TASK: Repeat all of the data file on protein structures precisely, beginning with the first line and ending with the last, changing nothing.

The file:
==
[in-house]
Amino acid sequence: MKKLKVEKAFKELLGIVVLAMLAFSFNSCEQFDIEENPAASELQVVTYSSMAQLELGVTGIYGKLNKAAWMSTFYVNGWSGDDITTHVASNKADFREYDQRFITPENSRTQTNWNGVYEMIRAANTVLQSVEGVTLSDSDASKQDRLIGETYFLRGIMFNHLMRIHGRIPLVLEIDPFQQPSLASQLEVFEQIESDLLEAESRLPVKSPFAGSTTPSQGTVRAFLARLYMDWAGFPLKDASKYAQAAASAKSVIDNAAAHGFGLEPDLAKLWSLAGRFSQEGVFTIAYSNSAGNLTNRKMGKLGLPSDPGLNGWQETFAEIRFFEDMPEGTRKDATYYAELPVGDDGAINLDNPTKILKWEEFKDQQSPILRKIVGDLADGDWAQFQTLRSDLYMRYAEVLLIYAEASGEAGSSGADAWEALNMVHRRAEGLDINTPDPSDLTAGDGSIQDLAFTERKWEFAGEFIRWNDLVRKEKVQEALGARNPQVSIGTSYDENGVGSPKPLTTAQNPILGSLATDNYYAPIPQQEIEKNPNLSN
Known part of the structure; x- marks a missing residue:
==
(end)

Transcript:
[in-house]
Amino acid sequence: MKKLKVEKAFKELLGIVVLAMLAFSFNSCEQFDIEENPAASELQVVTYSSMAQLELGVTGIYGKLNKAAWMSTFYVNGWSGDDITTHVASNKADFREYDQRFITPENSRTQTNWNGVYEMIRAANTVLQSVEGVTLSDSDASKQDRLIGETYFLRGIMFNHLMRIHGRIPLVLEIDPFQQPSLASQLEVFEQIESDLLEAESRLPVKSPFAGSTTPSQGTVRAFLARLYMDWAGFPLKDASKYAQAAASAKSVIDNAAAHGFGLEPDLAKLWSLAGRFSQEGVFTIAYSNSAGNLTNRKMGKLGLPSDPGLNGWQETFAEIRFFEDMPEGTRKDATYYAELPVGDDGAINLDNPTKILKWEEFKDQQSPILRKIVGDLADGDWAQFQTLRSDLYMRYAEVLLIYAEASGEAGSSGADAWEALNMVHRRAEGLDINTPDPSDLTAGDGSIQDLAFTERKWEFAGEFIRWNDLVRKEKVQEALGARNPQVSIGTSYDENGVGSPKPLTTAQNPILGSLATDNYYAPIPQQEIEKNPNLSN
Known part of the structure; x- marks a missing residue: